A compressed version of the lecture retired JNU scholar, professor Vijaya Ramaswamy, was to deliver in Chennai recently. According to media reports, the event was cancelled in the wake of objections from rightwing activists.
This is a condensed version of the lecture by professor Vijaya Ramaswamy, titled Reluctant Brides, Deviant Wives and Cunning Witches: Women in Tamil Mahabharatas, focusing on Draupadi, Alli and Aravalli-Suravall.
The event was scheduled to be held at the C.P. Ramaswami Aiyar Institute of Indological Research, in Chennai, on January 4, 2020.
The critical editions of the Mahabharata are authored by men, Brahmanical in outlook, if not in fact, and located squarely within the patriarchal register, or framework. These tend to freeze women within certain descriptive and prescriptive frames contained within the Sanskritic-Brahmanical and patriarchal register.
Regional variations of the Mahabharata, on the other hand, are much more fluid in their portrayal of the epic characters. Personalities like Duryodhana and Karna, represented in negative terms as ‘evil’ forces, find a more nuanced and less biased space within the regional versions.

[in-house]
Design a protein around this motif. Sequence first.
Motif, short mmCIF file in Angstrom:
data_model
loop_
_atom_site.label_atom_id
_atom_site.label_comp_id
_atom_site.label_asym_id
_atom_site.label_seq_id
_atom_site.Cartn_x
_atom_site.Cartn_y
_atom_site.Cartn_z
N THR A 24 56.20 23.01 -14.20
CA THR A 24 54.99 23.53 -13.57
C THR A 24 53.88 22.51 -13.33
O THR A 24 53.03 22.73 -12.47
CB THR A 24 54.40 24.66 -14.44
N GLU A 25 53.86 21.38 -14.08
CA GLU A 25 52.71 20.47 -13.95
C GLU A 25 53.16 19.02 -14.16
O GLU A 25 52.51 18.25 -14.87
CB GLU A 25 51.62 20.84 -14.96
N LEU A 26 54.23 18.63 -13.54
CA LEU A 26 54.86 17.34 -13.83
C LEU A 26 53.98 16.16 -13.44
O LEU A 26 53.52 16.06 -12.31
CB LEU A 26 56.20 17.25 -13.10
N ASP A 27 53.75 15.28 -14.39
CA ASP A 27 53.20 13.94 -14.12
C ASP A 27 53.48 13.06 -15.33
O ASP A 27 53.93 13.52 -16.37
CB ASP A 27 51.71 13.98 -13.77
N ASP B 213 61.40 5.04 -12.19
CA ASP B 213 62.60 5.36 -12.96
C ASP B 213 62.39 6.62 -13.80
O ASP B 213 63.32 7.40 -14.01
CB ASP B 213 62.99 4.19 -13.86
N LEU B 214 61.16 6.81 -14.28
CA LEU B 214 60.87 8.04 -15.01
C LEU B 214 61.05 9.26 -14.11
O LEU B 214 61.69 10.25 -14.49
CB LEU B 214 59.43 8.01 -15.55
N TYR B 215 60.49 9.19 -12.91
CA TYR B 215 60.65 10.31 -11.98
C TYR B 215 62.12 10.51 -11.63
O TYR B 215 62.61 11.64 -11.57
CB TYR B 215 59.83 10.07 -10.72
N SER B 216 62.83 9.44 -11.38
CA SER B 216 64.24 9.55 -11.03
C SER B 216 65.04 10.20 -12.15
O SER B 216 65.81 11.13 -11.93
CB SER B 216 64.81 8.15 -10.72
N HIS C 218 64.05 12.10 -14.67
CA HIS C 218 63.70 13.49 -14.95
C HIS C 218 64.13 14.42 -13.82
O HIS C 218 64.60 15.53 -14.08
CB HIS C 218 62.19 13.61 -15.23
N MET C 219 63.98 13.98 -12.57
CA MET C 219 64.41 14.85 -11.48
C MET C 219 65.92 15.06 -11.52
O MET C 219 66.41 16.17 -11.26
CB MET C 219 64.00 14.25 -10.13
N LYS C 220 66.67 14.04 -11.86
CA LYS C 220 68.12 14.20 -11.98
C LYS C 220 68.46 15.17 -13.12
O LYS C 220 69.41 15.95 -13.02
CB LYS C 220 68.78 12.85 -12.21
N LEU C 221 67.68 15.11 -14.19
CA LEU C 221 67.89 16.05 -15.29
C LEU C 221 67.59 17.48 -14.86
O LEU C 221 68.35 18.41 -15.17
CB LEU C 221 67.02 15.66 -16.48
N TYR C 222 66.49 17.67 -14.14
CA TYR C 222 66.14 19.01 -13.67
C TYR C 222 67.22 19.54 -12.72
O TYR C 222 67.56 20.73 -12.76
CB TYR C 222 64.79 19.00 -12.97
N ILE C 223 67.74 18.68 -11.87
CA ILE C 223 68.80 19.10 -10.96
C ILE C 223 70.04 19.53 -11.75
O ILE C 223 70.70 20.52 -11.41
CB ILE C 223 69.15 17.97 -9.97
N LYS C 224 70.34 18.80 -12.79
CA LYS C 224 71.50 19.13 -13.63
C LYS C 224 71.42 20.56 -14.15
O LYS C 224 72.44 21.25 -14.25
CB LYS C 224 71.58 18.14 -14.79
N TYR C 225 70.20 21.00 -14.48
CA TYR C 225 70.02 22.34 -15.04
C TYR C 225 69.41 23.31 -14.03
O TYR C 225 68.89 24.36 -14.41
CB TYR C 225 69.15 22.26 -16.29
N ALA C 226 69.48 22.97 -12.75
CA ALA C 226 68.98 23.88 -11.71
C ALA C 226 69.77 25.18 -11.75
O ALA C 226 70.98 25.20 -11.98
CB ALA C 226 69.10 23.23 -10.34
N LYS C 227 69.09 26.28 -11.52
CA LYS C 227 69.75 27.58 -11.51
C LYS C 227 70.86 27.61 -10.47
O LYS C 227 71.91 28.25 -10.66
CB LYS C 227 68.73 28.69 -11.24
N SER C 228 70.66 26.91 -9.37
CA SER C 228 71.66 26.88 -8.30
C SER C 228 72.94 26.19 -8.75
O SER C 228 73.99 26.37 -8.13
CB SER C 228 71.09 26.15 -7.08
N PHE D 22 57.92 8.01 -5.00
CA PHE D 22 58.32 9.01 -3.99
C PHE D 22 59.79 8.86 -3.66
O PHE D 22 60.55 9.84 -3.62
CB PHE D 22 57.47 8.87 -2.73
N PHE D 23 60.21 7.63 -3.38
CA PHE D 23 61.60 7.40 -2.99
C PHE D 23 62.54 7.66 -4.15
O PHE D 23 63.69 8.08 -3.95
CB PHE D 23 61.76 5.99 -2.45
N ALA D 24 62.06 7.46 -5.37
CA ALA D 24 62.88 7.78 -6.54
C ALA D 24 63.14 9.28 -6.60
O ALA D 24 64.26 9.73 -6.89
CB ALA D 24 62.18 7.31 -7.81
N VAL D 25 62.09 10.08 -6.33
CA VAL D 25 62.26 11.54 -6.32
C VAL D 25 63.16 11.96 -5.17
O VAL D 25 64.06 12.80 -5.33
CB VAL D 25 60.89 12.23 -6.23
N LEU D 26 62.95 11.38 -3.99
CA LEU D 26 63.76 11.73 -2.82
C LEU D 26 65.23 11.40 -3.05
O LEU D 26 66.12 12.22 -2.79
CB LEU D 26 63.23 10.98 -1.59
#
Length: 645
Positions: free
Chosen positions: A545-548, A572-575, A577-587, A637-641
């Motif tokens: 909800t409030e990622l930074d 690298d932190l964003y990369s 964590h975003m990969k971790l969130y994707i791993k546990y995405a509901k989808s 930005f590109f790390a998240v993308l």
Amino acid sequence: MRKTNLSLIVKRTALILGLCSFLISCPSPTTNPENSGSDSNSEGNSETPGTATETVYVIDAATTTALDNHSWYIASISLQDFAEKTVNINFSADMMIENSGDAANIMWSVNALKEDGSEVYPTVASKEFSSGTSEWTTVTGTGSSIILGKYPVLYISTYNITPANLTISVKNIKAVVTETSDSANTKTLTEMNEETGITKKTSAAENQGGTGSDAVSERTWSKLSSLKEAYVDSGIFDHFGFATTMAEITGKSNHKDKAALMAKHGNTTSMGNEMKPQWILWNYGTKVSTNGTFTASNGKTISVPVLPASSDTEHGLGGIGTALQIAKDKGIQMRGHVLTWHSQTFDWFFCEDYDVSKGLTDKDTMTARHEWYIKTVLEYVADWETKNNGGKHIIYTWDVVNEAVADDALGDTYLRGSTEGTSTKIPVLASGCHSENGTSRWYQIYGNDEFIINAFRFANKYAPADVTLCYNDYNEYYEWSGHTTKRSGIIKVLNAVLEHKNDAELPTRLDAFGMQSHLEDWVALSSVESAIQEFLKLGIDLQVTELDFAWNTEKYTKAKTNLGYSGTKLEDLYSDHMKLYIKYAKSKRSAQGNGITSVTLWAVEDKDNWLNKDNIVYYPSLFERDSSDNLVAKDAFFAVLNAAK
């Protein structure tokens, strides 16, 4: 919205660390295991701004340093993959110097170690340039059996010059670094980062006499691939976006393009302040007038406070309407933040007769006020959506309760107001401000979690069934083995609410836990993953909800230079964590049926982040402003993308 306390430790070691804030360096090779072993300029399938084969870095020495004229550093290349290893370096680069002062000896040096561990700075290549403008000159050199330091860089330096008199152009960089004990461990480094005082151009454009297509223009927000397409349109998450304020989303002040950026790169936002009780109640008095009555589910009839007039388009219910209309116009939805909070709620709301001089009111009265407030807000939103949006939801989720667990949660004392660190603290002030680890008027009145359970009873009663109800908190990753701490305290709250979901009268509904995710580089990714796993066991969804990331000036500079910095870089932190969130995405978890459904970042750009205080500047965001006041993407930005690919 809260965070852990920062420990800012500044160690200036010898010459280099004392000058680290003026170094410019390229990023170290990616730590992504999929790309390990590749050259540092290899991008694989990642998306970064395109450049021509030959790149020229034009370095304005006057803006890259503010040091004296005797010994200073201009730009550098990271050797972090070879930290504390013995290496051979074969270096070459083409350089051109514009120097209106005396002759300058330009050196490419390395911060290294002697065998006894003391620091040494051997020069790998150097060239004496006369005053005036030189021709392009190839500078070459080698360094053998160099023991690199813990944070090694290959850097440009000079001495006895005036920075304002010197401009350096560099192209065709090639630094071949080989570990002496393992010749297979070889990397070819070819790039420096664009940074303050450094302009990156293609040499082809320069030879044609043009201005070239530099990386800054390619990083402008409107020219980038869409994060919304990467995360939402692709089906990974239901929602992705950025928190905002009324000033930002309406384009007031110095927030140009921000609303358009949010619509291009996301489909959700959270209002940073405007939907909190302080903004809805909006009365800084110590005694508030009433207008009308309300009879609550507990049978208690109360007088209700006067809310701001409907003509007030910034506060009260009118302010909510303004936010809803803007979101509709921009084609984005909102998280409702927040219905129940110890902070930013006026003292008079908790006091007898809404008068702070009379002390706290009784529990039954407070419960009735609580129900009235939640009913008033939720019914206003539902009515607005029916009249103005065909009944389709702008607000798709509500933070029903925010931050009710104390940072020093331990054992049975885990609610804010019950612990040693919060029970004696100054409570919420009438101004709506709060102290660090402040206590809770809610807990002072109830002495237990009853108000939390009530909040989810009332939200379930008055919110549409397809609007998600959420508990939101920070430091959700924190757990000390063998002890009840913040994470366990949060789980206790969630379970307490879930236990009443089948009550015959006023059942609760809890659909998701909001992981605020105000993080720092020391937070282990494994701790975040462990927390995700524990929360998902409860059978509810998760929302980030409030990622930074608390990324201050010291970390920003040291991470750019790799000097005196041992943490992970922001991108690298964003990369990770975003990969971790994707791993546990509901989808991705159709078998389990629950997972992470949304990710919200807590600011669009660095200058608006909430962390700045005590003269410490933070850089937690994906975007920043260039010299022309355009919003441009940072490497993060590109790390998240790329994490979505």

This is especially true of the women protagonists within the epic like Draupadi, Gandhari and Karna’s wife, Ponnaruvi.
Ponnaruvi’s name does not figure in the critical edition which talks instead of Vrushali (the daughter of Duryodhana’s charioteer) as Karna’s wife. In contrast to the low social status of Vrushali, in the Tamil rendition of Karna’s life, Ponnaruvi is said to be of royal descent, a Kalinga princess.
The availability of books in the Madras Presidency in the course of the 19th century brought the Mahabharata to the commoners, both men and women.
Cheaply priced popular folklore called ‘gujili’ literature (which refers to Gujarati merchants) entered the market, gaining a new readership, especially among women. Fragments from the Tamil Mahabharatas, with additions and interpolations, or even beyond both, with totally new protagonists, changed the understanding of characters from the Mahabharata, bringing into focus the anti-heroes and the militant, non-conformist women who were either from the margins of the epic or outside it altogether.